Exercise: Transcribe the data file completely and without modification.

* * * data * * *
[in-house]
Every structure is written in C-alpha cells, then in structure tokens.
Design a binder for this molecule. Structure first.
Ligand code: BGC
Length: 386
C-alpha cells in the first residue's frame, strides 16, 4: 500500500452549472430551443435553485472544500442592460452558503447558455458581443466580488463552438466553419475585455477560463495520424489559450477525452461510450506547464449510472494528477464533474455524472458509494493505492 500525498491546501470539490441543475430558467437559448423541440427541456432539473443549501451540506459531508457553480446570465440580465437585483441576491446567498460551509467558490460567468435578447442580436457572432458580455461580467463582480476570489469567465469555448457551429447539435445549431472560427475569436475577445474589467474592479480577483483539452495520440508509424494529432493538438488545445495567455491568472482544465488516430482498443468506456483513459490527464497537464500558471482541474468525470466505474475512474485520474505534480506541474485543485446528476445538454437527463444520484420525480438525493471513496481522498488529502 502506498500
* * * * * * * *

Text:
[in-house]
Every structure is written in C-alpha cells, then in structure tokens.
Design a binder for this molecule. Structure first.
Ligand code: BGC
Length: 386
C-alpha cells in the first residue's frame, strides 16, 4: 500500500452549472430551443435553485472544500442592460452558503447558455458581443466580488463552438466553419475585455477560463495520424489559450477525452461510450506547464449510472494528477464533474455524472458509494493505492 500525498491546501470539490441543475430558467437559448423541440427541456432539473443549501451540506459531508457553480446570465440580465437585483441576491446567498460551509467558490460567468435578447442580436457572432458580455461580467463582480476570489469567465469555448457551429447539435445549431472560427475569436475577445474589467474592479480577483483539452495520440508509424494529432493538438488545445495567455491568472482544465488516430482498443468506456483513459490527464497537464500558471482541474468525470466505474475512474485520474505534480506541474485543485446528476445538454437527463444520484420525480438525493471513496481522498488529502 502506498500